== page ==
Mark Steyn writes about world demographics determining destiny in the years ahead, including this paragraph (but do read the whole argument) about the differences between when cultures assimilate and when religions assimilate:
Instead of a melting pot, there's conversion: A Scot can marry a Greek or a Botswanan, but when a Scot marries a Yemeni it's because the former has become a Muslim. In defiance of normal immigration patterns, the host country winds up assimilating with Islam: French municipal swimming baths introduce non-mixed bathing sessions; a Canadian Government report recommends the legalisation of polygamy; Seville removes King Ferdinand III as patron of the annual fiesta because he played too, um, prominent a role in taking back Spain from the Moors.
Another ranting point of mine: I hate "hate speech" and amorphous "harrassment" laws for their Orwellian muddling of thoughts with actions (dangerously casting both, not just the latter, as crimes), for setting up certain groups as "special" victims (promoting unequal treatment under law), and for infringing on First-Amendment freedoms (including the necessary freedom to be offensive, offending, and offended) in the name of craven political correctness. Victor Davis Hanson writes about having to undergo a course on sexual harrassment policy--but the same points apply to so-called "hate speech" in general (including of course the current Danish cartoon affair):
Given that harassment lies in the eye of the victim, the course recommends that all employees constantly monitor and fine-tune their conversations and behaviors in order to avoid anything that could remotely be construed as objectionable to anyone in the “protected” categories. This advice, of course, is useless, given that there are so many subjective definitions of what’s objectionable that the only viable solution is to avoid most conversation or reduce one’s comments to banal pleasantries. In workplace discussions individuals will have to continually practice self-censorship to insure that their personal way of expressing themselves — with irony, sarcasm, or humor, for example — is not interpreted by the thin-skinned, the crazy, or the malignant as “harassment.”...My bold. I am glad there are still people not afraid to articulate these points. I am not as eloquent, but I agree, and passionately. There should be no such legal category as "thought crimes" in America, no matter how well-intended the reason. Criminal behavior should be prosecuted, not offensive speech (which is impossible to objectively define by the state or by any one else).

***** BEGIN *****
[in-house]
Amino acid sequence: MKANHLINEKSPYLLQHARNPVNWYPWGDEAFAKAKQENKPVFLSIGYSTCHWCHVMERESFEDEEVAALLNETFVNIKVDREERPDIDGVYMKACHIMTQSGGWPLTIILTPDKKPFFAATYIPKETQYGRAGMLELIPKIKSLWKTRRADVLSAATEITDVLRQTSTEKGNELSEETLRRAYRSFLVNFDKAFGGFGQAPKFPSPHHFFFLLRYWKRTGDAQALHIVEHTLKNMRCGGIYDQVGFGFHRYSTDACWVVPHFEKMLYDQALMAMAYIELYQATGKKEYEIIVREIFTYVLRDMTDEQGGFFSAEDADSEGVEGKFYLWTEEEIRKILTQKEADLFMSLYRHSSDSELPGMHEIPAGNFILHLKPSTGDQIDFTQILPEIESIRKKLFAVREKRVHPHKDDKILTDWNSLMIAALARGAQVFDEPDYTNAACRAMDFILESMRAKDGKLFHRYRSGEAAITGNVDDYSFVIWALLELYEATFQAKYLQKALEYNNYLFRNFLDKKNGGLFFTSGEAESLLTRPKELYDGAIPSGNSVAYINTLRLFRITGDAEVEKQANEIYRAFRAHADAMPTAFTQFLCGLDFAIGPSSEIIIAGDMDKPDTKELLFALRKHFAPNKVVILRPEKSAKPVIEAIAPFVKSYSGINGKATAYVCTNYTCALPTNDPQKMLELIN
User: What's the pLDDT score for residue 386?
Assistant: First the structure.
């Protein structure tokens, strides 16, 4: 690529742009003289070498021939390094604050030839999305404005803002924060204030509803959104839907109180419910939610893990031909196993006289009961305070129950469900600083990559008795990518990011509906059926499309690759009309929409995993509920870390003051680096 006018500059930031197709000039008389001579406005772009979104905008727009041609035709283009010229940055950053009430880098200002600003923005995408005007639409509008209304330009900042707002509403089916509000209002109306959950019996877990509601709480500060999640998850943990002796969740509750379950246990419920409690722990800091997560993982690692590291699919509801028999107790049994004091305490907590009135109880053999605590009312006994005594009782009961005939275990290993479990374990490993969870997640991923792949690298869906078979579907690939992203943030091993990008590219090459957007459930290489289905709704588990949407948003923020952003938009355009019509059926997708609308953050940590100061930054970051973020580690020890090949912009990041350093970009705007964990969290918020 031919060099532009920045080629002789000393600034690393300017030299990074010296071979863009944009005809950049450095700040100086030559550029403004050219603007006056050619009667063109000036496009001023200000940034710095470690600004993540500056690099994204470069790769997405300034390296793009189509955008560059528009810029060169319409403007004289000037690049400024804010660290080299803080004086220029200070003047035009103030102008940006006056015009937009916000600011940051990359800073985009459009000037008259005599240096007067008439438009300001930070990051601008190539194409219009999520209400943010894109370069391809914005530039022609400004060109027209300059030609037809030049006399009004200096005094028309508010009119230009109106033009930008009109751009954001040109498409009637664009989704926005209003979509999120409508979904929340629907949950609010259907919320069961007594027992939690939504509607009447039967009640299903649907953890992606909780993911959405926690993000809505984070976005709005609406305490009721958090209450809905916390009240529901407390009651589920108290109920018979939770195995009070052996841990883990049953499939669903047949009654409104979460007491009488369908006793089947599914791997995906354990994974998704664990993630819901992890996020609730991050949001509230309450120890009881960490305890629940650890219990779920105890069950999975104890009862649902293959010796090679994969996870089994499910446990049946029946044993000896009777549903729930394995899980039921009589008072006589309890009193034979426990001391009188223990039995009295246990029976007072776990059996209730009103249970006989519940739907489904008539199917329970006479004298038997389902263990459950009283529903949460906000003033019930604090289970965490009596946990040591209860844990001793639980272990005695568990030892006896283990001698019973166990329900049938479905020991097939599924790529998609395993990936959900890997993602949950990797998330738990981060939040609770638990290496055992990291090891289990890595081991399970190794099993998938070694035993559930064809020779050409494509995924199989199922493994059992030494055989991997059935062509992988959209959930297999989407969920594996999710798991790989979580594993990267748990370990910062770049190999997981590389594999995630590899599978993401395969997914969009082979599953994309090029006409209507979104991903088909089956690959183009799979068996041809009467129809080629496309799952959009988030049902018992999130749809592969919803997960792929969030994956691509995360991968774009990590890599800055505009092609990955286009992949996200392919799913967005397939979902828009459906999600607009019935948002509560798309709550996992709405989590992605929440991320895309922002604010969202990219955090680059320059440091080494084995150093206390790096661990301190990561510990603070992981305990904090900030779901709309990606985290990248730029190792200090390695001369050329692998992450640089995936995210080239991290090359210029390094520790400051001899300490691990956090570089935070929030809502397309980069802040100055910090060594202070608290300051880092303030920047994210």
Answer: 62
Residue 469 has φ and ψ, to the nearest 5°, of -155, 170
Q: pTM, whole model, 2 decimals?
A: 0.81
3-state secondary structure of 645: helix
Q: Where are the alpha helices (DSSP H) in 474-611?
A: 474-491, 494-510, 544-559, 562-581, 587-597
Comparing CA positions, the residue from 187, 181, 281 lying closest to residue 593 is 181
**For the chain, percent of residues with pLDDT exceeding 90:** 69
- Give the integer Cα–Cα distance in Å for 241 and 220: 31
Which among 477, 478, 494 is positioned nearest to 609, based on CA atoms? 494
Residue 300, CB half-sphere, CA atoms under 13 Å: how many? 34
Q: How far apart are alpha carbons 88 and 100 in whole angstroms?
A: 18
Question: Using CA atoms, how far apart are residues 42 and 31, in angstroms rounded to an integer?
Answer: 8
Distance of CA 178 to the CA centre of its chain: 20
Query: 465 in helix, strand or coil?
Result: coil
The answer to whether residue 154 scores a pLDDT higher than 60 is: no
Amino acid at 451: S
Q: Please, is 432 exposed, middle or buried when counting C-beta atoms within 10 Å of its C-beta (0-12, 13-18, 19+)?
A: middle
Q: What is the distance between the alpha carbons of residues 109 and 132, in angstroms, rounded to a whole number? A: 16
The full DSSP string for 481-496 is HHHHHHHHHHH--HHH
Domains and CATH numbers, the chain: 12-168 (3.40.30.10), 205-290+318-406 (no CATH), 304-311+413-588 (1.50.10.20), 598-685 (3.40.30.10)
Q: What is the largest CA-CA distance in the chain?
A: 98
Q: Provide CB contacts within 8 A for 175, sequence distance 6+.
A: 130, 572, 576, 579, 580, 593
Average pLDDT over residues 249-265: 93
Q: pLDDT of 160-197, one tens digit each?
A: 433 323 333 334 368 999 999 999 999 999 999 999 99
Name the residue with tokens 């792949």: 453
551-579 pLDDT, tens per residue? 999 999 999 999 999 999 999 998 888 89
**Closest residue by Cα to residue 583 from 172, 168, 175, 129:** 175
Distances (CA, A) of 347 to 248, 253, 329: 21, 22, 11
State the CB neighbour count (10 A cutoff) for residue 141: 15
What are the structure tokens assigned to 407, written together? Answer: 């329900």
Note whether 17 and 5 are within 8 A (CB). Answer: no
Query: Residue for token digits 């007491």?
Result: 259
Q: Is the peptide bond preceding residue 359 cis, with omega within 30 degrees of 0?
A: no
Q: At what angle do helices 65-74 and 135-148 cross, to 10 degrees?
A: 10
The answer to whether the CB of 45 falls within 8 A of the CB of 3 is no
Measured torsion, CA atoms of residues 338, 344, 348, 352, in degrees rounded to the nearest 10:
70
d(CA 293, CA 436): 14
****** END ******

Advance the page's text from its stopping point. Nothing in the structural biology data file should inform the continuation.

The result of such a climate is to erode collegiality and poison relationships with the lurking possibility that the normal disagreements and conflicts that are part and parcel of normal human relationships will be redefined as actionable harassment subject to the greater coercive powers of the institution and the state....
Reference was made to the First Amendment, usually to note that it doesn’t protect behaviors or speech perceived as harassment, a debatable legal position at best....
Given the great variety and number of free people and their thresholds of offensiveness, our words and deeds will frequently be disturbing to some. But that’s the price we pay for freedom, and it is our responsibility to be adults and figure out how to get along in a world where everybody, not just privileged elites, are given wide latitude for the expression of their ideas. A truly free and open speech will frequently lack civility or sensitivity to feeling, for the point of such a debate is not to make people feel good but to get at the truth and value of ideas. The raucous, sometimes crude, often offensive nature of democratic speech was recognized as part of democratic freedom as far back as fifth-century Athens — which is one reason why elitists like Plato disliked democracy.
By the way, here's a link to the 12 Mohammed cartoons (scroll down) in case your local news outlets have not seen fit to give you the whole news story. By viewing the cartoons yourself you can make your own informed decisions about just what provocation they represent. Some Muslims are still reported to be rioting evidently against any symbols of Western civilization or of females being "sexually provocative." The more artistically inclined fight fire with fire (scroll down).
Via Instapundit, here's a transcript of yesterday's Hugh Hewitt radio show at Radio Blogger that is quite interesting, including first an interview with Mark Steyn, followed by a discussion of recent DNA research contradicting The Book of Mormon; followed by an interview with Robert Ferrigno, author of the new novel coming out, Prayers for the Assassin, envisioning a Muslim America around the year 2040. See also "Helen Thomas hangs up on Hugh Hewitt." I wish I could hear the Hugh Hewitt show where I live, but thanks to Radio Blogger I can still enjoy it.
Krauthammer on the Cheney shooting affair.
Hannity's page on the Saddam tapes.
Again, I have to admit with regret that I cannot comment on all the news topics and ideas I'd like to. Just don't have the time to keep up. My silence and/or my emphasis on any given topic doesn't necessarily imply much more than how much time on any given day I have to devote to blogging. Some days: none.